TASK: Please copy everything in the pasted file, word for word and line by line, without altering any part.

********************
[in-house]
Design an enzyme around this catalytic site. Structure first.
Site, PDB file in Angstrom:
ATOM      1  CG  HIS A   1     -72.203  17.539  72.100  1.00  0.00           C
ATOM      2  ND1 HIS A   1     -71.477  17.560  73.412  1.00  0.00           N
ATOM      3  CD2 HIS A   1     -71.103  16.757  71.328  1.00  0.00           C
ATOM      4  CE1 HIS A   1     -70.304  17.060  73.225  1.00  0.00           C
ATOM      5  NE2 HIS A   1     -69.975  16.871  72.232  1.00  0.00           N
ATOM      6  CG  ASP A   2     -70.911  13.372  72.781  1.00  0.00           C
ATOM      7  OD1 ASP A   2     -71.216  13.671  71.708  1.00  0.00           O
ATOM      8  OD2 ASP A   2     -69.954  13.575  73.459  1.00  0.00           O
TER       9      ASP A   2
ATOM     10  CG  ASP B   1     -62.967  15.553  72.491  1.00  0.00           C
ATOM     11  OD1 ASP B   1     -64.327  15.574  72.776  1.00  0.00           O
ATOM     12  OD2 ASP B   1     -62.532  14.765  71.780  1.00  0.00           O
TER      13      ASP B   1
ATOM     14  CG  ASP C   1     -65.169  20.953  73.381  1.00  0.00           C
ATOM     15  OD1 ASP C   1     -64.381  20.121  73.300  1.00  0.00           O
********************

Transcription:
[in-house]
Design an enzyme around this catalytic site. Structure first.
Site, PDB file in Angstrom:
ATOM      1  CG  HIS A   1     -72.203  17.539  72.100  1.00  0.00           C
ATOM      2  ND1 HIS A   1     -71.477  17.560  73.412  1.00  0.00           N
ATOM      3  CD2 HIS A   1     -71.103  16.757  71.328  1.00  0.00           C
ATOM      4  CE1 HIS A   1     -70.304  17.060  73.225  1.00  0.00           C
ATOM      5  NE2 HIS A   1     -69.975  16.871  72.232  1.00  0.00           N
ATOM      6  CG  ASP A   2     -70.911  13.372  72.781  1.00  0.00           C
ATOM      7  OD1 ASP A   2     -71.216  13.671  71.708  1.00  0.00           O
ATOM      8  OD2 ASP A   2     -69.954  13.575  73.459  1.00  0.00           O
TER       9      ASP A   2
ATOM     10  CG  ASP B   1     -62.967  15.553  72.491  1.00  0.00           C
ATOM     11  OD1 ASP B   1     -64.327  15.574  72.776  1.00  0.00           O
ATOM     12  OD2 ASP B   1     -62.532  14.765  71.780  1.00  0.00           O
TER      13      ASP B   1
ATOM     14  CG  ASP C   1     -65.169  20.953  73.381  1.00  0.00           C
ATOM     15  OD1 ASP C   1     -64.381  20.121  73.300  1.00  0.00           O